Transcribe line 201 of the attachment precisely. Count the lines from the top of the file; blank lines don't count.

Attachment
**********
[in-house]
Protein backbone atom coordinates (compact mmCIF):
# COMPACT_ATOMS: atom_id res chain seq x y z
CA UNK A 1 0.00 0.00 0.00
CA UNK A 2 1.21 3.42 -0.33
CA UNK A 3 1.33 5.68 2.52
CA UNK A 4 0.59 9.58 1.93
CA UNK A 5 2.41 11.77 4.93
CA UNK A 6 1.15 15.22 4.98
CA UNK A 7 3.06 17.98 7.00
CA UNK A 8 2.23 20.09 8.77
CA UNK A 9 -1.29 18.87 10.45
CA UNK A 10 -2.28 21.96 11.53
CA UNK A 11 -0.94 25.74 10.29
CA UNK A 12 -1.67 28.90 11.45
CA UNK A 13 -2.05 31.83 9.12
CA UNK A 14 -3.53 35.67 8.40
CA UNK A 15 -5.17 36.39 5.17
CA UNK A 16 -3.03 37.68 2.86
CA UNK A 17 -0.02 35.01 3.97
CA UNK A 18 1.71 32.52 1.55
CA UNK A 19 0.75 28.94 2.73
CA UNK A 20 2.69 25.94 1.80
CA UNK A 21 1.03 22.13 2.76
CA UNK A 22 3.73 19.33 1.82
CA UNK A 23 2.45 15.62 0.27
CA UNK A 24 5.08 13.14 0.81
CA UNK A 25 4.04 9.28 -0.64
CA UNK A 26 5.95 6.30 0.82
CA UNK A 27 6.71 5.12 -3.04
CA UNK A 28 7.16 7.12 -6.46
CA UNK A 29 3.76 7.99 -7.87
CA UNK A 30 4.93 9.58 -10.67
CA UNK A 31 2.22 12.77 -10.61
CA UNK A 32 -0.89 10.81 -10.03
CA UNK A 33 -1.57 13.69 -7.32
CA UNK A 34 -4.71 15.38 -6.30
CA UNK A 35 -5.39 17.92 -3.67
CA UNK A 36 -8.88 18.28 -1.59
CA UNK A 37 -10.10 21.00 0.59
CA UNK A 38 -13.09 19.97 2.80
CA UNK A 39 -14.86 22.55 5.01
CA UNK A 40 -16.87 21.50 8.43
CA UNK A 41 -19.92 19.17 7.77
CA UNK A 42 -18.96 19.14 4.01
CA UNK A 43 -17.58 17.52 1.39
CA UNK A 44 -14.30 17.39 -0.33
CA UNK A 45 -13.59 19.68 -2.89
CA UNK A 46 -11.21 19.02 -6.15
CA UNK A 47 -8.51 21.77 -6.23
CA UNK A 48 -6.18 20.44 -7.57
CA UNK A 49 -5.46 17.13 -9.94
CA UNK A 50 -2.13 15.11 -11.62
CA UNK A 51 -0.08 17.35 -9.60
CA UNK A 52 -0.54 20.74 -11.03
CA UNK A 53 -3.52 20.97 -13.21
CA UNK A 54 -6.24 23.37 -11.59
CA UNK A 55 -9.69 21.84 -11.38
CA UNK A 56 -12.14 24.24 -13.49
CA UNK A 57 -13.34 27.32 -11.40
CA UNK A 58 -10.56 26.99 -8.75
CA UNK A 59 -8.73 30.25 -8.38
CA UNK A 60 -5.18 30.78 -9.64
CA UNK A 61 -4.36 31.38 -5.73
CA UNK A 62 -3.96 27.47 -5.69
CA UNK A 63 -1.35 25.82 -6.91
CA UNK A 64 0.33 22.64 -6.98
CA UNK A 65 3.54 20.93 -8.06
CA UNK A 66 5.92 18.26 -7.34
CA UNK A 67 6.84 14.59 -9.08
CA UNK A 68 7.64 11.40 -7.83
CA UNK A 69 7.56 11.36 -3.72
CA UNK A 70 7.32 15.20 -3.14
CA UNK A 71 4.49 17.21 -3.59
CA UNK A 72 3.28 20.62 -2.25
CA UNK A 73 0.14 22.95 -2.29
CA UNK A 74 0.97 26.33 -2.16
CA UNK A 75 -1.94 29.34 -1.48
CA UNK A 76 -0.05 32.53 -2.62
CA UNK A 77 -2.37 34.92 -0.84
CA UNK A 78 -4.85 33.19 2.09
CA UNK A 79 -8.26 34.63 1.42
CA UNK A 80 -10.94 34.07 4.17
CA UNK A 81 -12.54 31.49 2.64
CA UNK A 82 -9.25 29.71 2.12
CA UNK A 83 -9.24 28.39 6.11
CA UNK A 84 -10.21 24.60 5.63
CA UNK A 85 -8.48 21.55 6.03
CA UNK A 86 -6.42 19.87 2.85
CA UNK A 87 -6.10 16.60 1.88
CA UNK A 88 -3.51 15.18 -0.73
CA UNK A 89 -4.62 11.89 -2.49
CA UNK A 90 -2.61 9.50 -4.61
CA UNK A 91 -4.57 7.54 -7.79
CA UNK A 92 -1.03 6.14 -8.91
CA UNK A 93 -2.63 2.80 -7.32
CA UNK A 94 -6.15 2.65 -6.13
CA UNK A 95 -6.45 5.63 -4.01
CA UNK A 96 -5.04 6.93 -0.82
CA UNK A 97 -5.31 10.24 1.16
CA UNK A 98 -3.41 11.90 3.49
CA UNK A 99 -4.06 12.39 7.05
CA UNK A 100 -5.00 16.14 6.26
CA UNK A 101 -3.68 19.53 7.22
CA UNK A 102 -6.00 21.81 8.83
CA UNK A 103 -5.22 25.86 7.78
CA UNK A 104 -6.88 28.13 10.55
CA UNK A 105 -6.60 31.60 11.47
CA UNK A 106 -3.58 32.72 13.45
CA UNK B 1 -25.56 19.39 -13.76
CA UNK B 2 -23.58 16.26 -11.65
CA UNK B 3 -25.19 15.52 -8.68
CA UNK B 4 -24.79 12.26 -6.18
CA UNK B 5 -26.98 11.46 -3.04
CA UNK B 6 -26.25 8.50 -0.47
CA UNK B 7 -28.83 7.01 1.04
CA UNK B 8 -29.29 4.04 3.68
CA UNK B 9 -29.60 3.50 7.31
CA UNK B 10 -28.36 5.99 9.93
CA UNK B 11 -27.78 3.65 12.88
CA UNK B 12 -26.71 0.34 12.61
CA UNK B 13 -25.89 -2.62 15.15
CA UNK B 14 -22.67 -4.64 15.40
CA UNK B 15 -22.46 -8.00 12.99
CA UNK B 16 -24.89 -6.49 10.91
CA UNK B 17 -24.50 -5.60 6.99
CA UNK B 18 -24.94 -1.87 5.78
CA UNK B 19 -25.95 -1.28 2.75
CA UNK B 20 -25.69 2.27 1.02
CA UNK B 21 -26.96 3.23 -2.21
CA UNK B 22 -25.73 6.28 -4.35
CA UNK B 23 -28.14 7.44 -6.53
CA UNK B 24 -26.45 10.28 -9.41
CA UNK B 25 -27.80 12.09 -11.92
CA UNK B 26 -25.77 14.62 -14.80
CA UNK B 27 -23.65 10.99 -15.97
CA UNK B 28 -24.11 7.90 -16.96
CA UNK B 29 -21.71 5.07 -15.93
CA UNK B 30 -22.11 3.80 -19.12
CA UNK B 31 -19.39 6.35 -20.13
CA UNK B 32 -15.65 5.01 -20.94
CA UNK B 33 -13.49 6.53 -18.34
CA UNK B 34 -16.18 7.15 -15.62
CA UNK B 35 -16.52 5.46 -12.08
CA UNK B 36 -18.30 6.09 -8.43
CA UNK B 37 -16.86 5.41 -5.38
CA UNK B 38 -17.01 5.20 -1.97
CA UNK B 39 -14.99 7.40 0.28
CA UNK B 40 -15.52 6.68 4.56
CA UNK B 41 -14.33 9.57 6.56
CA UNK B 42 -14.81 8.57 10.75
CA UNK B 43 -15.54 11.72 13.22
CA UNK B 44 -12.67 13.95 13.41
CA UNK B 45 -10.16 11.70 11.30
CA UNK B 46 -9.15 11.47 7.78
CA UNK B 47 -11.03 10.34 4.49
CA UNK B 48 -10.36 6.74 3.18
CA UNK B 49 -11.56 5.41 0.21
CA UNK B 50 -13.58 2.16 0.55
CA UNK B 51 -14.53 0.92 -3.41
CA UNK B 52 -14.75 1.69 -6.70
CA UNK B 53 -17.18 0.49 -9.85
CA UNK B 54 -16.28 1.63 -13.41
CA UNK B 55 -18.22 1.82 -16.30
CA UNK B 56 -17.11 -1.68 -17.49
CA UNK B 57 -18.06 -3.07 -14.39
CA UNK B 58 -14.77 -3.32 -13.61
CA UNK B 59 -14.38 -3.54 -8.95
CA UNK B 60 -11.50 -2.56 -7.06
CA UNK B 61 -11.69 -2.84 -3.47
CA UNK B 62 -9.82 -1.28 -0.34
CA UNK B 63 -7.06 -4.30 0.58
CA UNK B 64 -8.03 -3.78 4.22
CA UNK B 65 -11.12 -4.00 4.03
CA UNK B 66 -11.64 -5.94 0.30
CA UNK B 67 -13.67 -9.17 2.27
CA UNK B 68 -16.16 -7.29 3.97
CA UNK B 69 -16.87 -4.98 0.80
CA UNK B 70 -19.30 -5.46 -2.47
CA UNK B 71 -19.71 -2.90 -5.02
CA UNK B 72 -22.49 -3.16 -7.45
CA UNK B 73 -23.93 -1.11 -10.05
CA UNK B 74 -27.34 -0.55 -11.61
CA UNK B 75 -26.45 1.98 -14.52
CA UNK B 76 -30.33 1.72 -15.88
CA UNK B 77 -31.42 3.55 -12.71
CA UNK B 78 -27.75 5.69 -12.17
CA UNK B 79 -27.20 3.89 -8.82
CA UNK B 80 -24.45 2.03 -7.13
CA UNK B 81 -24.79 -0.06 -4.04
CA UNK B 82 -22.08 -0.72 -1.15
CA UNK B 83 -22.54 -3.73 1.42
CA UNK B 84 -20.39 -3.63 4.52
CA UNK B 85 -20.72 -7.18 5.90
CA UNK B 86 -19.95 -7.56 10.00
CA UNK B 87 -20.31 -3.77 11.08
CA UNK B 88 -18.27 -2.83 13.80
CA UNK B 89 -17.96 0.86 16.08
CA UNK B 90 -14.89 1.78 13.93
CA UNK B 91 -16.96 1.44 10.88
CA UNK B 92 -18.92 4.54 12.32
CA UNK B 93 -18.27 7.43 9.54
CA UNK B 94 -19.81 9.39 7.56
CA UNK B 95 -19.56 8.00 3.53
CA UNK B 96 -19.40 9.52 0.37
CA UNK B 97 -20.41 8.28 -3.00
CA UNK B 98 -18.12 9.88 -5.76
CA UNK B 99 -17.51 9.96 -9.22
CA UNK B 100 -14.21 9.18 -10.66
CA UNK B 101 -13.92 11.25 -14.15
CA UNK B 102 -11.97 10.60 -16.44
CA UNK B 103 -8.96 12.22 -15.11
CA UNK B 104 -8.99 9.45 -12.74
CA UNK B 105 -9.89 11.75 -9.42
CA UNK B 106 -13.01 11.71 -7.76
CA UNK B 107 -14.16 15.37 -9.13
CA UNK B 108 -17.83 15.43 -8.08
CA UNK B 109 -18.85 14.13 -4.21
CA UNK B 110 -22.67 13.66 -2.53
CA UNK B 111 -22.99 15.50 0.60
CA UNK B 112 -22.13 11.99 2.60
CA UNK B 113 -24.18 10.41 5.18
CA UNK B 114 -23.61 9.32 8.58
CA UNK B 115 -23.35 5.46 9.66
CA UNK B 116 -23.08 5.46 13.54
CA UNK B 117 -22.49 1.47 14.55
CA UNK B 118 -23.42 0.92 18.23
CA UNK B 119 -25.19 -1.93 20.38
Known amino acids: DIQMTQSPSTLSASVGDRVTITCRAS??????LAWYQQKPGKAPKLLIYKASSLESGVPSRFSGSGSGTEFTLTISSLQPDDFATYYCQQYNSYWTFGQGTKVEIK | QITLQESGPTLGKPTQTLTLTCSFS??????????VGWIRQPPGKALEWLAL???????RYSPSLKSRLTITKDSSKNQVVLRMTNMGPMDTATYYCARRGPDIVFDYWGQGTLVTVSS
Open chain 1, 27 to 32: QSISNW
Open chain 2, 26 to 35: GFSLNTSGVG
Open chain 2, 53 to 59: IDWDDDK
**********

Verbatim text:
CA UNK B 92 -18.92 4.54 12.32